Thinking about renting a property to earn some extra cash? Becoming a landlord can be a rewarding way to generate passive income. But if you’re not prepared, it can have a steep (and costly) learning curve.
Getting started as a landlord is the hardest part. But if you, do it right, you’ll enjoy a guaranteed income with relatively little work (depending on how many properties you’re letting).
Here are a few tips to help new landlords learn the ropes.
1. Find Out if You Need a License
It’s currently not a requirement for most landlords to get a license before letting a property, but some must do so. For example, if you’re letting an HMO (house in multiple occupation), you must be licensed.
For HMO property advice and information on other landlord license requirements, check with your local council. The only nationwide license requirement is for HMO landlords, but local councils are able to set licensing requirements for landlords renting other types of properties within their jurisdiction.
Renting a property without a license can result in large fines and legal ramifications, so make this your first step on the road to becoming a landlord.
2. Inspections Save Money In the Long Term
Many landlords avoid having regular inspections done because they can cut into profit margins. But these inspections will save you a lot of money in the long term.
And it’s not only because finding an issue early will cut down on repair costs (although this is a great reason to schedule regular inspections). It’s also because hazards that crop up are a violation of the law. If a tenant is harmed because of unsafe conditions, you will be held liable.
That means if a tenant complains about an electrical problem, mold, or a broken rail, you may already be in violation of the law. Tenants can contact the city council if they wish, and you may be fined.
The cost of fines, legal fees, and repairs makes inspection costs seem like pocket change.
It is recommended that landlords perform inspections every 6 months.
3. Always Screen Potential Tenants
The worst tenants are sometimes the nicest people. That’s why a tenant’s application and interview don’t provide enough information on whether you should rent to them. Make sure to do thorough background checks and credit checks on applicants.
If you’re renting an HMO, you should also ask for references from previous landlords and bosses. You want to get an idea of their payment history and if they often miss rent deadlines. But it’s just as important to find out if they got on well with previous housemates and coworkers.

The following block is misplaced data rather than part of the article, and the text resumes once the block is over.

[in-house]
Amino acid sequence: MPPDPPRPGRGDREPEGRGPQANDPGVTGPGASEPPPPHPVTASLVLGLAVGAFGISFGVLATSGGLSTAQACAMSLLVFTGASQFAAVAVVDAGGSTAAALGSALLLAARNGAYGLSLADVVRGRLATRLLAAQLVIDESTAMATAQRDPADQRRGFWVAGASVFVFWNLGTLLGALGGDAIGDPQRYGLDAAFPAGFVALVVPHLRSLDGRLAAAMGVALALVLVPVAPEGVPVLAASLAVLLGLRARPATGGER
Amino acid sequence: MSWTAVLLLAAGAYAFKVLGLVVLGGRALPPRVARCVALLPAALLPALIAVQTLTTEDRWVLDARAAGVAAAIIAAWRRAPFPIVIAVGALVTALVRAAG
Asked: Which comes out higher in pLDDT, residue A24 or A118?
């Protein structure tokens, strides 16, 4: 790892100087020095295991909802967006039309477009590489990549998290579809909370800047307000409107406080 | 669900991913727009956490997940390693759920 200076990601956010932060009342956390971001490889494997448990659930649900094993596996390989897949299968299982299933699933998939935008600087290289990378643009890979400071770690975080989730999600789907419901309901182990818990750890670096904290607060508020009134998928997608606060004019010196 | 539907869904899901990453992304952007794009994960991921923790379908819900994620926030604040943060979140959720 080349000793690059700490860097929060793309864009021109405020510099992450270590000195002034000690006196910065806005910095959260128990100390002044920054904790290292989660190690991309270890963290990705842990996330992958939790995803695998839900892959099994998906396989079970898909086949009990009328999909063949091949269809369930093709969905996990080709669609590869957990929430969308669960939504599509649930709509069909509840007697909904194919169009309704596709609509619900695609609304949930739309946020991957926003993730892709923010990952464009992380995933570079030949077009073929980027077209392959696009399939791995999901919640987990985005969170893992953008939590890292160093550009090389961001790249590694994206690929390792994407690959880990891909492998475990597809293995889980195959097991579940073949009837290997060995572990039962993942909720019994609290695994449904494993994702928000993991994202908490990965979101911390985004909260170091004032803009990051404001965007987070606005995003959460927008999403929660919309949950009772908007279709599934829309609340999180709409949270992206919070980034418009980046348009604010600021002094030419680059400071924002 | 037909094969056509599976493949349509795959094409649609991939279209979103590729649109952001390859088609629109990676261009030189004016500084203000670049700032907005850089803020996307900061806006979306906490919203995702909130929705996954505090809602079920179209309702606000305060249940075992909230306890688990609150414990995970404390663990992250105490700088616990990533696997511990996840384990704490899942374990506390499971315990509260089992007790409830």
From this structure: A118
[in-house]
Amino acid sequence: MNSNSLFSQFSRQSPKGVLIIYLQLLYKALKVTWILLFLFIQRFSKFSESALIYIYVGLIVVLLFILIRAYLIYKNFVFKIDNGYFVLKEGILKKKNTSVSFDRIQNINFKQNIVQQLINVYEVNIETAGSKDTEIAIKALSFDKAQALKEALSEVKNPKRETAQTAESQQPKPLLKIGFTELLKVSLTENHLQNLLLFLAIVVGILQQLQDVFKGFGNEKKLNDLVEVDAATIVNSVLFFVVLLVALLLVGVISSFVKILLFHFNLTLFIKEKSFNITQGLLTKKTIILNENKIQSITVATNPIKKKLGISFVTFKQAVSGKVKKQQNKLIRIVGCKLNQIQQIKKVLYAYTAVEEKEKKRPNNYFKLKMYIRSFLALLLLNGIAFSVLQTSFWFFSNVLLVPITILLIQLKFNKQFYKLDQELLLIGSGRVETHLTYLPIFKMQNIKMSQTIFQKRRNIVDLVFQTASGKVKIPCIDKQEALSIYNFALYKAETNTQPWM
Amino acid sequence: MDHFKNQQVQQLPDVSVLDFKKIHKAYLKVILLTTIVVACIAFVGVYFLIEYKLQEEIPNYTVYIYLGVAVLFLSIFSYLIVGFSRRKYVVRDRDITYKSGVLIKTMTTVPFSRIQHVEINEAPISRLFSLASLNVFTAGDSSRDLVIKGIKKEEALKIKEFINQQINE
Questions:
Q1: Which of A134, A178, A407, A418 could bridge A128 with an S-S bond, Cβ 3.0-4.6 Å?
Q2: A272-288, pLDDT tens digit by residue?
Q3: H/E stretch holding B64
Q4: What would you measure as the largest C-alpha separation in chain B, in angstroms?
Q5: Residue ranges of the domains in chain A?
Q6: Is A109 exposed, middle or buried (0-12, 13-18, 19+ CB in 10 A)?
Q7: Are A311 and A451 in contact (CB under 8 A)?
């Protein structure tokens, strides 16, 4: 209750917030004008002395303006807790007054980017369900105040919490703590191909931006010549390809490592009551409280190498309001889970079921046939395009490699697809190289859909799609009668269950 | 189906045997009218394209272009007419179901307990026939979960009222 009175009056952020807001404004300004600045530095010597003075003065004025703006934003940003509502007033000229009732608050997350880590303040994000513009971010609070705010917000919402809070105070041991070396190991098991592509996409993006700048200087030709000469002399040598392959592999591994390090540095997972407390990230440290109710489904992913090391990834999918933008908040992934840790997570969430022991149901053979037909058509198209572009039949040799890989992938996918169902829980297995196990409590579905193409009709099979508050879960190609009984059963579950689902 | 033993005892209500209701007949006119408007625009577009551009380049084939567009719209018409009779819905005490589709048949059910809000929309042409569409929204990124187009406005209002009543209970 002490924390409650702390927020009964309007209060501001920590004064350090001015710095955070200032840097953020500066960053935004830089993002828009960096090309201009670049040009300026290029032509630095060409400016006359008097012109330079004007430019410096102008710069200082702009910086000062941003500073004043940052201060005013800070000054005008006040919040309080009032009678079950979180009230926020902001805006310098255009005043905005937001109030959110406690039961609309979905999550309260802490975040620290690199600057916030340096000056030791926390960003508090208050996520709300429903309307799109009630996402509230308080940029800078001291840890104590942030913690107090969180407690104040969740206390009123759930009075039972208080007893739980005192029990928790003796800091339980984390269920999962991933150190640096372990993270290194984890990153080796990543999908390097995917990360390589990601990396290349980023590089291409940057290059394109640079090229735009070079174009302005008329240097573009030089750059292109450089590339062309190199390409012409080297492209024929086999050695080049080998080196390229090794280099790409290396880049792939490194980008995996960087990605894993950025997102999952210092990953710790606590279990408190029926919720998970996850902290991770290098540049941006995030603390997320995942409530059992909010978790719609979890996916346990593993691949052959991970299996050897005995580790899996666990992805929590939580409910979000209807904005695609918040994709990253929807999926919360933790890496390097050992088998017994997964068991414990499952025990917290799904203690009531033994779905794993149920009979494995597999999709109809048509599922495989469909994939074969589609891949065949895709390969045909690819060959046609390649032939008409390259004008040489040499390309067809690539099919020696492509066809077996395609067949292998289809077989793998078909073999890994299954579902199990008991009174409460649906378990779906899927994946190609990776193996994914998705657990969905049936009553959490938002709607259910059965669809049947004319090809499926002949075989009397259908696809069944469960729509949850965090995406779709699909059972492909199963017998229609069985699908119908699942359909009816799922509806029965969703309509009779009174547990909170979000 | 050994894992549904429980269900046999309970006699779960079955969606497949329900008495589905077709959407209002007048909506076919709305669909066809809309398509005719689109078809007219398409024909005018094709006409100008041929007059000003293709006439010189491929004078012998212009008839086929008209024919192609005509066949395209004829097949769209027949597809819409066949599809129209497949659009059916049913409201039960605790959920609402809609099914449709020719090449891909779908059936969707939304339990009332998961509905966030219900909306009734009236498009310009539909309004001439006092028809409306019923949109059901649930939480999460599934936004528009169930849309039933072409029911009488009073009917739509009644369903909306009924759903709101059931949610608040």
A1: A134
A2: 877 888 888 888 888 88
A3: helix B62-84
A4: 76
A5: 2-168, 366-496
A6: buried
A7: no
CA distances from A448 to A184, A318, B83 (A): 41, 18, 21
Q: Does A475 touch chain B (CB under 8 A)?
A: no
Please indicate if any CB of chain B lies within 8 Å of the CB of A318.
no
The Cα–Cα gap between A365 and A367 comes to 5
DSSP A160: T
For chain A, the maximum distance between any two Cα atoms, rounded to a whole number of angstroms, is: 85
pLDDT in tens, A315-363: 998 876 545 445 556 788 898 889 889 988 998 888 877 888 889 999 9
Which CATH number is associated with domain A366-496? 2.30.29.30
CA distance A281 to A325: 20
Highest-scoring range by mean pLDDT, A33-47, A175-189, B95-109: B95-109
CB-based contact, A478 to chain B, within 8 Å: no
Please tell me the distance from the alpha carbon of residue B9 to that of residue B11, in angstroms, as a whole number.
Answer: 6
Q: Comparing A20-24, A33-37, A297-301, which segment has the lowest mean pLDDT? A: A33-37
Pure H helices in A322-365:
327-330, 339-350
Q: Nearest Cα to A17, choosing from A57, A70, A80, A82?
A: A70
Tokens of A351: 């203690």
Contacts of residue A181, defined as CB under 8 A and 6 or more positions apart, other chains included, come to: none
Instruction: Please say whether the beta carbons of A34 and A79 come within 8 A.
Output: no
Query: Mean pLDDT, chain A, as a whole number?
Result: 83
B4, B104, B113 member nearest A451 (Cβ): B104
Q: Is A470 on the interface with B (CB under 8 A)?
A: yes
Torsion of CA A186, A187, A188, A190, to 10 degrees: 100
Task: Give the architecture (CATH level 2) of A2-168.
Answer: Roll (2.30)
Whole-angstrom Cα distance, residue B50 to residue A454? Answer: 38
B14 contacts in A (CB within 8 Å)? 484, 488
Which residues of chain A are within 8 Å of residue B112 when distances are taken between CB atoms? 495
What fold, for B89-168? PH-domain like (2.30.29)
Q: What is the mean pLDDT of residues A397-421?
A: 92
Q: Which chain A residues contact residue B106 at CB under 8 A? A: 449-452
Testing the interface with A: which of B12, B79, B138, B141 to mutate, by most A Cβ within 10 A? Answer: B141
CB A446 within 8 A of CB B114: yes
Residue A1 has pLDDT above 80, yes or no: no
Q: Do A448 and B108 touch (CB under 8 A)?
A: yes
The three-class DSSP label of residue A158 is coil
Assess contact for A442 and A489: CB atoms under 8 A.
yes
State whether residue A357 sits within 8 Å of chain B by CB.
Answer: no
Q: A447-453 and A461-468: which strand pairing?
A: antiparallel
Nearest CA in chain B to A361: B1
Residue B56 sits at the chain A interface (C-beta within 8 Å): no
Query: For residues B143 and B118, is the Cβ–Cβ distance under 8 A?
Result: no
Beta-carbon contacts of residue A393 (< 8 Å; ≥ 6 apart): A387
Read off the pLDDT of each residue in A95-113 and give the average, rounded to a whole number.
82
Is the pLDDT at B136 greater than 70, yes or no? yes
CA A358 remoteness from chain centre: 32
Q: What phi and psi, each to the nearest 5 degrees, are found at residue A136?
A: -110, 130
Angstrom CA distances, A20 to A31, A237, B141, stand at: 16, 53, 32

Conflicts among tenants lead to higher turnover and more work for you.
4. Be Strict Yet Understanding
The relationship between landlords and tenants isn’t just transactional. You’re in the business of people, and you need to manage the relationships and expectations of your tenants. You can do this by being strict with the rules yet forgiving in certain situations.
For example, you should always enforce payment deadlines. But if a tenant who always pays on time misses a deadline, there’s no reason to seek penalties (even if penalties are included in the rental agreement).
Lax rules and an informal attitude may suggest to tenants that you don’t take the job seriously. If your tenants think you don’t care about the property, they won’t take care of it either.
Just remember that being strict on the rules applies to you as well. Popping in unannounced or making demands that are not included in the agreement will also cause tenants to lose respect for the property and your relationship.
5. Get Landlord’s Insurance
Rental properties (especially HMOs) depreciate faster than single-family homes. When multiple adults are living or working together, every part of the space undergoes more wear and tear from the washing machine to the stairs.
Damage will occur at a more frequent rate than you expect, and you will be responsible for paying for repairs and replacements. Landlord’s insurance from a Cincinnati insurance agency helps to offset some of these major costs, and it covers your legal fees if you need to go to court with a tenant.
Landlord’s insurance also covers fire, accident and theft, which is more common at rental properties than single-family homes.
Are you ready to let your first property? Becoming a landlord is a business decision, but it’s also a great opportunity to work with people and provide a service to those in need. Follow the tips above and you’ll be sure to have a rewarding and lucrative future as a landlord.